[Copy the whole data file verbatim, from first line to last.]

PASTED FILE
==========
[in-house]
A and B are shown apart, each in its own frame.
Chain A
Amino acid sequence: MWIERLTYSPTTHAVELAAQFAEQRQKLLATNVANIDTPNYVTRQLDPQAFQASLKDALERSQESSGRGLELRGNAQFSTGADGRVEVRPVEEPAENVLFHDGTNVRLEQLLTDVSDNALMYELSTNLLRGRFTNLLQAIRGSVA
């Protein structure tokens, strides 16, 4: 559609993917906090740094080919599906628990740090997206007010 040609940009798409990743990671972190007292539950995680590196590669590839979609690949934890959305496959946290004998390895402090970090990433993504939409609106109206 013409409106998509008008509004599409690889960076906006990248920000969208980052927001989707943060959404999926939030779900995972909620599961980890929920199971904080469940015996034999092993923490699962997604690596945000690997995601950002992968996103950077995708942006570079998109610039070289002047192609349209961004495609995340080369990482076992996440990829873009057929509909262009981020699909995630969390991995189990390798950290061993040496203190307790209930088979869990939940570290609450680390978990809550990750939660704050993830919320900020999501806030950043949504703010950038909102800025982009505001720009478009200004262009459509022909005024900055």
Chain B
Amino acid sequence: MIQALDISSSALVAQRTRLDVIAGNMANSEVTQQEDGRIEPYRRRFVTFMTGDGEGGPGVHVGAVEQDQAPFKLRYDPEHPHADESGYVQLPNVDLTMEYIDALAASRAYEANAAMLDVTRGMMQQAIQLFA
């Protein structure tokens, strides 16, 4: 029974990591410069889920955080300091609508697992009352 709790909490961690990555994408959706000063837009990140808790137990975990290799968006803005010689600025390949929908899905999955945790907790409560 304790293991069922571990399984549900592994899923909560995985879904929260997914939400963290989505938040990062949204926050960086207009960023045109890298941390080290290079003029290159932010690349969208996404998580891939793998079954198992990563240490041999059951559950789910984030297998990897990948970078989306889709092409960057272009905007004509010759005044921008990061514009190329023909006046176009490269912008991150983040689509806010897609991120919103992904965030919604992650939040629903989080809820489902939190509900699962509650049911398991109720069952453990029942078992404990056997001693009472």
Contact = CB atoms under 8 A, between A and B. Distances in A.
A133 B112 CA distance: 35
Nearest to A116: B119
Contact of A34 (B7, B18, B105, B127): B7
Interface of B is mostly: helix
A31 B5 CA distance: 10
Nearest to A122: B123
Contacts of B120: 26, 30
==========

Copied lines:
[in-house]
A and B are shown apart, each in its own frame.
Chain A
Amino acid sequence: MWIERLTYSPTTHAVELAAQFAEQRQKLLATNVANIDTPNYVTRQLDPQAFQASLKDALERSQESSGRGLELRGNAQFSTGADGRVEVRPVEEPAENVLFHDGTNVRLEQLLTDVSDNALMYELSTNLLRGRFTNLLQAIRGSVA
């Protein structure tokens, strides 16, 4: 559609993917906090740094080919599906628990740090997206007010 040609940009798409990743990671972190007292539950995680590196590669590839979609690949934890959305496959946290004998390895402090970090990433993504939409609106109206 013409409106998509008008509004599409690889960076906006990248920000969208980052927001989707943060959404999926939030779900995972909620599961980890929920199971904080469940015996034999092993923490699962997604690596945000690997995601950002992968996103950077995708942006570079998109610039070289002047192609349209961004495609995340080369990482076992996440990829873009057929509909262009981020699909995630969390991995189990390798950290061993040496203190307790209930088979869990939940570290609450680390978990809550990750939660704050993830919320900020999501806030950043949504703010950038909102800025982009505001720009478009200004262009459509022909005024900055």
Chain B
Amino acid sequence: MIQALDISSSALVAQRTRLDVIAGNMANSEVTQQEDGRIEPYRRRFVTFMTGDGEGGPGVHVGAVEQDQAPFKLRYDPEHPHADESGYVQLPNVDLTMEYIDALAASRAYEANAAMLDVTRGMMQQAIQLFA
């Protein structure tokens, strides 16, 4: 029974990591410069889920955080300091609508697992009352 709790909490961690990555994408959706000063837009990140808790137990975990290799968006803005010689600025390949929908899905999955945790907790409560 304790293991069922571990399984549900592994899923909560995985879904929260997914939400963290989505938040990062949204926050960086207009960023045109890298941390080290290079003029290159932010690349969208996404998580891939793998079954198992990563240490041999059951559950789910984030297998990897990948970078989306889709092409960057272009905007004509010759005044921008990061514009190329023909006046176009490269912008991150983040689509806010897609991120919103992904965030919604992650939040629903989080809820489902939190509900699962509650049911398991109720069952453990029942078992404990056997001693009472």
Contact = CB atoms under 8 A, between A and B. Distances in A.
A133 B112 CA distance: 35
Nearest to A116: B119
Contact of A34 (B7, B18, B105, B127): B7
Interface of B is mostly: helix
A31 B5 CA distance: 10
Nearest to A122: B123
Contacts of B120: 26, 30